Now, Martin Luther discovered the reality of the Law: no matter how hard we try, we are to live perfectly. We fail. We sin. We break the relationships that God has given to us, with Himself and with our neighbor. That is why our Lord Jesus came, to show the true purpose of the Law—so that by it we will turn our hearts and minds to Him for salvation rather than our own ability to be obedient. That’s why the Ten Commandments are first in Luther’s catechism. As we discover our inability to be righteous, we see our need for Jesus.
In recent years, many parents decided to give their children the freedom to come to faith on their own. They didn’t want to drag a child to church only to have them reject it when they were older. Instead, they let the children choose if they wanted to be Christian or whatever. The problem with this practice is that faith comes from hearing. How will they know if they never hear God’s Word spoken? Is it force to take a child to Sunday school and worship during their childhood? It is not bondage; it is a gift. We are called as parents to give to our children the same opportunity to know Jesus as we were given. If we don’t, they won’t.
That responsibility goes beyond just taking a child to Sunday school and worship on Sunday. When Lutherans (and others) have our children baptized, we make promises to raise them in the true faith. The responsibilities of teaching the child fall also upon the congregational community. At the baptism ceremony, we make promises, too. “After this child has been baptized you are at all times to remember [him/her] in your prayers, put [him/her] in mind of [his/her] Baptism, and, as much as in you lies, give your counsel and aid, especially if [he/she] should lose [his/her] parents, that [he/she] be brought up in the true knowledge and worship of God and be taught the Ten Commandments, the Creed, and the Lord's Prayer; and that, as [he/she] grows in years, you place in [his/her] hands the Holy Scriptures, bring [him/her] to the services of God's house, and provide for [his/her] further instruction in the Christian faith, that [he/she] come to the Sacrament of Christ's Body and Blood and thus, abiding in [his/her] baptismal grace and in communion with the Church, [he/she] may grow up to lead a godly life to the praise and honor of Jesus Christ.”
We have a responsibility to not only go out into the world and tell people about Jesus, but to help them become disciples of Christ throughout their lives.
The Law will never make someone a Christian, and following the Law will never make someone righteous. We can’t do it on our own. But even as Adam and Eve believed the word of the serpent over the word of God, God had a plan to make everything right. Now, over the years people tried to find ways to make things right with God. Even the scriptures give us temporary solutions to the problem. Priests offered sacrifices to atone for the sins of the people. Even though they tried to live according to the Law, there was always something that was not right. The blood of goats and sheep poured on the altar for the sake of the people. That type of sacrifice would never be right. The sin was too great for mankind to overcome.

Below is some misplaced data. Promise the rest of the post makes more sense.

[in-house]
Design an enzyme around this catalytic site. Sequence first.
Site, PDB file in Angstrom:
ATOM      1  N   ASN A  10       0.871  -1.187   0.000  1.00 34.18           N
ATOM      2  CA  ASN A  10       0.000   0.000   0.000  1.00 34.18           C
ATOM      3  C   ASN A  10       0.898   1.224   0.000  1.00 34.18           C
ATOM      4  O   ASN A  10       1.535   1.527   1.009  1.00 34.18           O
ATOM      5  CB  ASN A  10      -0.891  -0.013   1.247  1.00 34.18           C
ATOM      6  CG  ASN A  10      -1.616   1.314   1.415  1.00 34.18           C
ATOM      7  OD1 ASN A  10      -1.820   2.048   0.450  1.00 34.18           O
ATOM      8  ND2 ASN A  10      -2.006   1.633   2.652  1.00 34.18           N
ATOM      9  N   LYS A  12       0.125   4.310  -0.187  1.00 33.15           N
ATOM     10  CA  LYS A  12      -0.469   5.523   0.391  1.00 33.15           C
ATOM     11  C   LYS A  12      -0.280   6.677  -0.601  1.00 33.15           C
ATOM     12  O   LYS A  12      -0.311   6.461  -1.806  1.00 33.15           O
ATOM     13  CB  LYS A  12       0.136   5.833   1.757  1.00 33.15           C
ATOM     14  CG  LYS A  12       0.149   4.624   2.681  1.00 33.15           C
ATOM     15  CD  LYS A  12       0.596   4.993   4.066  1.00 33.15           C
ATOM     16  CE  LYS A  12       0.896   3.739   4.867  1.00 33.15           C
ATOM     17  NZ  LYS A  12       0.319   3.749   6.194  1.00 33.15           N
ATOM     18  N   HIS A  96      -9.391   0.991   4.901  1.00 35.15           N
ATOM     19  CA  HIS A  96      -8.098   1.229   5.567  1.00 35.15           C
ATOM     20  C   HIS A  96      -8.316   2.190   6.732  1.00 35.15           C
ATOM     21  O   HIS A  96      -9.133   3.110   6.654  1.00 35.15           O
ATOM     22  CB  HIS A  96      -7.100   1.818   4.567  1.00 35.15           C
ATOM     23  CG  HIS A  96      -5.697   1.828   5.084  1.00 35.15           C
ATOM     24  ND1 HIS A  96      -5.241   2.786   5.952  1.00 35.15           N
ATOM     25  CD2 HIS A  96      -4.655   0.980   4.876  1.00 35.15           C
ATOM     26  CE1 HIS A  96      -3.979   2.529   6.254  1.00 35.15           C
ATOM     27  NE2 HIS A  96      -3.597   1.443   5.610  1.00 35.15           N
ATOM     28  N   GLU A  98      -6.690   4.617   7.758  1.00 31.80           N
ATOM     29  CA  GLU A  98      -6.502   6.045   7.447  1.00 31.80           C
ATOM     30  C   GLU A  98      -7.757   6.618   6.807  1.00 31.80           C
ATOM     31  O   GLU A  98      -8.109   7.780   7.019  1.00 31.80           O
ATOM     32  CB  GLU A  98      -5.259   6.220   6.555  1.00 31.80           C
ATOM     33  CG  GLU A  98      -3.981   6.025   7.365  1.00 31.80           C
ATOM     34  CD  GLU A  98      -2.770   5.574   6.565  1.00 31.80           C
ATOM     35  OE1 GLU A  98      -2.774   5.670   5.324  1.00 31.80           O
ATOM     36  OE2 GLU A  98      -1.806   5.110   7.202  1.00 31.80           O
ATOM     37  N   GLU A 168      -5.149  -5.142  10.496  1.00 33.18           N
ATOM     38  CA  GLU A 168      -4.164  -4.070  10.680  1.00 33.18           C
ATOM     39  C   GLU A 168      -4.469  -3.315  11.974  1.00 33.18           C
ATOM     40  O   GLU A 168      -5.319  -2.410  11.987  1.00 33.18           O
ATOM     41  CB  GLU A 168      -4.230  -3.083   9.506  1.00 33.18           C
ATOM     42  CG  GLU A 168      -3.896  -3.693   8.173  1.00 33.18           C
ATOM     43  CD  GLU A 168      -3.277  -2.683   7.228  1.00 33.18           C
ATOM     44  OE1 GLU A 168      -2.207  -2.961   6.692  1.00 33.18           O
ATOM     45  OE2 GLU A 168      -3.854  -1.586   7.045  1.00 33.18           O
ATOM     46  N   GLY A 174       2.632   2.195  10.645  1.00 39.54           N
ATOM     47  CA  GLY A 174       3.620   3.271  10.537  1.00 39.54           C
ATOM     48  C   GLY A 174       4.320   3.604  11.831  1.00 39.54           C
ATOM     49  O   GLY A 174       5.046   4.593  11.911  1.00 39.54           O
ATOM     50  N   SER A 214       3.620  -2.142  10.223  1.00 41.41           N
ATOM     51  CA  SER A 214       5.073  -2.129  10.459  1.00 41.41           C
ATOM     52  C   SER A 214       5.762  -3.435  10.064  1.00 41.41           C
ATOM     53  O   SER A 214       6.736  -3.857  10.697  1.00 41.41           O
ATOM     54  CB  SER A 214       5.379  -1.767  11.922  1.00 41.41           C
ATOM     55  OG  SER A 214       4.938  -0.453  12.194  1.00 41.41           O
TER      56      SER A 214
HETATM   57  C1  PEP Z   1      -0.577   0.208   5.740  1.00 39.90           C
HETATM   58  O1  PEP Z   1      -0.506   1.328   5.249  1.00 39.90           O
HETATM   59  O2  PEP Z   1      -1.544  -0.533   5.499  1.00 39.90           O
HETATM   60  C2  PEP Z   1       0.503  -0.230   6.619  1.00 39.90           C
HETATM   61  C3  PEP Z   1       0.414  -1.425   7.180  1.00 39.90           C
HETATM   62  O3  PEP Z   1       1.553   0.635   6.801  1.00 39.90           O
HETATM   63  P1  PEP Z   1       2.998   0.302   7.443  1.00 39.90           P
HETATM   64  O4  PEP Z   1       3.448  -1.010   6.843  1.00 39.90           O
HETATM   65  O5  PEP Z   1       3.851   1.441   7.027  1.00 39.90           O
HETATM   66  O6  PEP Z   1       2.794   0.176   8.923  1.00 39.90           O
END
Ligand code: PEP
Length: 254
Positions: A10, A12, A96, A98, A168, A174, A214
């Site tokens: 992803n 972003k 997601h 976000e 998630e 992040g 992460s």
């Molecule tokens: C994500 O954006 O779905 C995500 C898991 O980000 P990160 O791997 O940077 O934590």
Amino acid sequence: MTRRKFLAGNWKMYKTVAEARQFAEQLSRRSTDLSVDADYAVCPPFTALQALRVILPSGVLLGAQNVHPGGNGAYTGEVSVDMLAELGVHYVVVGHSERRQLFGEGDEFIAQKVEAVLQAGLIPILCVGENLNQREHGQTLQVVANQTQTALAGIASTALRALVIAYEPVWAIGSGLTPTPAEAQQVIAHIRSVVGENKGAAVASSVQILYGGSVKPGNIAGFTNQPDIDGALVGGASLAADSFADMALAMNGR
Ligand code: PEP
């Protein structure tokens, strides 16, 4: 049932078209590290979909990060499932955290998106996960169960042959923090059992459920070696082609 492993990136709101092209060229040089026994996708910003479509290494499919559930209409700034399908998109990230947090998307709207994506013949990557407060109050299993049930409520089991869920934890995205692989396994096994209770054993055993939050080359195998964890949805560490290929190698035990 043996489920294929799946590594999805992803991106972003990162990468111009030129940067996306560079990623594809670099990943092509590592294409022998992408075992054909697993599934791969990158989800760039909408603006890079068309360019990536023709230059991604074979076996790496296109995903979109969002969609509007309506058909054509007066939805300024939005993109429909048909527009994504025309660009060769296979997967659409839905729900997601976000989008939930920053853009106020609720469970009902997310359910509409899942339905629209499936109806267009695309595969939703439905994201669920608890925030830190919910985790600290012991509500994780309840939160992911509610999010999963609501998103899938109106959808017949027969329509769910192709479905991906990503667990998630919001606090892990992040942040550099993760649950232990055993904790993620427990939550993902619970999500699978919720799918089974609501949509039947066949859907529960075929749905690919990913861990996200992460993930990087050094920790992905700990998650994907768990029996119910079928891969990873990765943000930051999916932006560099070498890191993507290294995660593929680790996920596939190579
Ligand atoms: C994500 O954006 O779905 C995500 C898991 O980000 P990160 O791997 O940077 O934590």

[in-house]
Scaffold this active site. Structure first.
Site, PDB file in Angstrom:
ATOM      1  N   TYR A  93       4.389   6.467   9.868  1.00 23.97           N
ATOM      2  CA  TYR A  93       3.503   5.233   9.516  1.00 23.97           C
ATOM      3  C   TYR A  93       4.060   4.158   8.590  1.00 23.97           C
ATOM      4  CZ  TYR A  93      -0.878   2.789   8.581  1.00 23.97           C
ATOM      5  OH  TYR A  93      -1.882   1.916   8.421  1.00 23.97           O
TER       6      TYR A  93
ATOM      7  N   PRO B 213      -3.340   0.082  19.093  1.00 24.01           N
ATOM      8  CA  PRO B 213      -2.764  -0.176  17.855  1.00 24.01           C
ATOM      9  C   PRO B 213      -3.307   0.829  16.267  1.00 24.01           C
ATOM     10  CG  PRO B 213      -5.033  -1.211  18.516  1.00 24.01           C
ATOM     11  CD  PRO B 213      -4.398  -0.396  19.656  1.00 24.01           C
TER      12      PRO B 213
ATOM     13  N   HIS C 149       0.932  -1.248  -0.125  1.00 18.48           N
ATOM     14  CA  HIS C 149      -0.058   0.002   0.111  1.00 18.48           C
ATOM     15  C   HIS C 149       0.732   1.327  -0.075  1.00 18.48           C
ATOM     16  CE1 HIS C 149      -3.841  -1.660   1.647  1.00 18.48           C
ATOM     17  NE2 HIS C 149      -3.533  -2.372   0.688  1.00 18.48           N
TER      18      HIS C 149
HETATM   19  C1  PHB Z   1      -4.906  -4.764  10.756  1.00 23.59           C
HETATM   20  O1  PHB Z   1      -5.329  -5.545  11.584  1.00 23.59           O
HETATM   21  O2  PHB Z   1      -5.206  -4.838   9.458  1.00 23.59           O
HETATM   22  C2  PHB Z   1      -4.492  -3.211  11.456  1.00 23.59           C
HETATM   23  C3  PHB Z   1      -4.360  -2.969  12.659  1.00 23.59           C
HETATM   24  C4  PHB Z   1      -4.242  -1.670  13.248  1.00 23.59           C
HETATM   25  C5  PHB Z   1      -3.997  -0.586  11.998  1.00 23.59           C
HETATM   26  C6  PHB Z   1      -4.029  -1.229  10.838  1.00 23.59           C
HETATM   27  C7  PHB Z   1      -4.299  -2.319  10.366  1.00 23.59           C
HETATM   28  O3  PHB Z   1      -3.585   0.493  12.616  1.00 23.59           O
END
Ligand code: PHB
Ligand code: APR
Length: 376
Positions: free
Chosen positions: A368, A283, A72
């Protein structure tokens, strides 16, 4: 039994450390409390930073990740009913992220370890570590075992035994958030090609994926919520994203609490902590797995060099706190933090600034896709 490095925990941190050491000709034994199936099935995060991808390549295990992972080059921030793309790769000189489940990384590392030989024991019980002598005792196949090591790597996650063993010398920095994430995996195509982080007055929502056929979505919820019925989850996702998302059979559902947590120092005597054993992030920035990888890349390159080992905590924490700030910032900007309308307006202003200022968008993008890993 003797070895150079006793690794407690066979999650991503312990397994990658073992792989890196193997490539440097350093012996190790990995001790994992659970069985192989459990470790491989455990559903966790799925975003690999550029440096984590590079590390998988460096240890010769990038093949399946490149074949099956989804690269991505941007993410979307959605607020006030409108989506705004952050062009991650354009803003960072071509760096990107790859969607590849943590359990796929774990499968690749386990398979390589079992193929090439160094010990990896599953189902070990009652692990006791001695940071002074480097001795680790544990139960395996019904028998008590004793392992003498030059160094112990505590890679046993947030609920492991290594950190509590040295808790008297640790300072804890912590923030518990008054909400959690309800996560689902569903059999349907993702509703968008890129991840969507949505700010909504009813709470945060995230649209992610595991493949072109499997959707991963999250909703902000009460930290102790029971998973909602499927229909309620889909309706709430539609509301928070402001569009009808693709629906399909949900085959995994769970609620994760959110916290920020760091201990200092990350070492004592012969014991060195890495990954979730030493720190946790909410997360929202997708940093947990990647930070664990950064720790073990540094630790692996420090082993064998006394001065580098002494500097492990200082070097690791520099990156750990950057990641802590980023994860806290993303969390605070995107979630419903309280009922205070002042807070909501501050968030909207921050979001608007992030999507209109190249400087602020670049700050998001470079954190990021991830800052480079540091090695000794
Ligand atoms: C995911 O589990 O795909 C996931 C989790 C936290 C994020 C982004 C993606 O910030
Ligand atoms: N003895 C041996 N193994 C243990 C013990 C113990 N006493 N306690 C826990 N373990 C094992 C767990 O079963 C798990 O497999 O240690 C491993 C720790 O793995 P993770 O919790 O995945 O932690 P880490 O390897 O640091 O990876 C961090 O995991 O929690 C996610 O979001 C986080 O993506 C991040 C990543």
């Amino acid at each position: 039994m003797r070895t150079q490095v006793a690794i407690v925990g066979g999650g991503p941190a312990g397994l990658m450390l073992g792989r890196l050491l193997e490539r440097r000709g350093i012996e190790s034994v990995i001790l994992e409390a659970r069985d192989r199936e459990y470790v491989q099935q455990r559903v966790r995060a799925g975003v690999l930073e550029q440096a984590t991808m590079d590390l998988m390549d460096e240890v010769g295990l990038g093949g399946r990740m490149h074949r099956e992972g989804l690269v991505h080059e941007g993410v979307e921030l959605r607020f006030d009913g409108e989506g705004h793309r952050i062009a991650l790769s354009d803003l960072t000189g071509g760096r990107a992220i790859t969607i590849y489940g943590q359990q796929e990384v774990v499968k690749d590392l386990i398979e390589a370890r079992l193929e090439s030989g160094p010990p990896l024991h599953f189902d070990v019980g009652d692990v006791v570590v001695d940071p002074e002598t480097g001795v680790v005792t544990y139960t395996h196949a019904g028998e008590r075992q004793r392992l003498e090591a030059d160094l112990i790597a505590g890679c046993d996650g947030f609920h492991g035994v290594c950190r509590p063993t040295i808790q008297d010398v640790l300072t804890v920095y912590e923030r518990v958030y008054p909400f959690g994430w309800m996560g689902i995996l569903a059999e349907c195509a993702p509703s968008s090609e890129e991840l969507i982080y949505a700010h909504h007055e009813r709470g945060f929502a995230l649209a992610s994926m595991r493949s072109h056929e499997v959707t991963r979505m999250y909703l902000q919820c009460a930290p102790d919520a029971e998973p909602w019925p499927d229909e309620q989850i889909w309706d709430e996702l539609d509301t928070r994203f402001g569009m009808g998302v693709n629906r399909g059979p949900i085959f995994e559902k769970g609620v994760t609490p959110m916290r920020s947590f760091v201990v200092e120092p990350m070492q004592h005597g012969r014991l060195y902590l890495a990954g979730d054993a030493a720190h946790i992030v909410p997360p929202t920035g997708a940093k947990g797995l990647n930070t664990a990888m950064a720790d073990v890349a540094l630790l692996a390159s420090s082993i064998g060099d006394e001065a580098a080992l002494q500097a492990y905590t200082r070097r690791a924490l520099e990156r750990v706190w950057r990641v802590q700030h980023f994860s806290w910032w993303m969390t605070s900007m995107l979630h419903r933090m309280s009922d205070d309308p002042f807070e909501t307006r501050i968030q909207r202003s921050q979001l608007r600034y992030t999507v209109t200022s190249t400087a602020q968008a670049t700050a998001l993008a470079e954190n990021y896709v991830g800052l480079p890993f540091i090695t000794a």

The writer of Hebrews makes it clear: the old ways were not good enough. The blood of goats and sheep could not do the job. Only the blood of Jesus would bring us the assurance of the promises of God. The reality of what will be came with His willingness to be obedient to what God intended for His life. Nothing we can do can change that. We are made holy by His holiness, and in that holiness are freed and empowered to live as God intends for us to live: loving Him and our neighbor with our entire being.
A scribe came to Jesus who was in the middle of a debate with the Sadducees. They did not believe in the resurrection, and so were arguing with Jesus about what would happen to a woman who in this life married seven brothers, all of whom died without an heir. “Whose wife will she be?” they asked. Jesus answered that the new life after resurrection is different, that there is no marriage. He also reminded them that God referred to Israel’s patriarchs in the present tense to Moses, despite their being dead for generations, proving that God is the God of the living, not the dead.
The scribe doesn’t come as an aggressive adversary like the others, trying to prove Jesus wrong. He comes with a sincere desire to talk and learn. The teacher of the law liked what he heard, and asked Jesus which commandment was the most important one. Jesus quoted two Old Testament passages, including a verse from our Old Testament passage for the day. “Hear, O Israel: Jehovah our God is one Jehovah: and thou shalt love Jehovah thy God with all thy heart, and with all thy soul, and with all thy might.” Then He quoted Leviticus 19 which gave a second command. “Thou shalt love thy neighbor as thyself.” The man answered, “Of a truth, Teacher, thou hast well said that he is one; and there is none other but he: and to love him with all the heart, and with all the understanding, and with all the strength, and to love his neighbor as himself, is much more than all whole burnt-offerings and sacrifices.” He accepted Jesus’ authority as a teacher and expounded upon the lesson, thus showing himself an authority, also.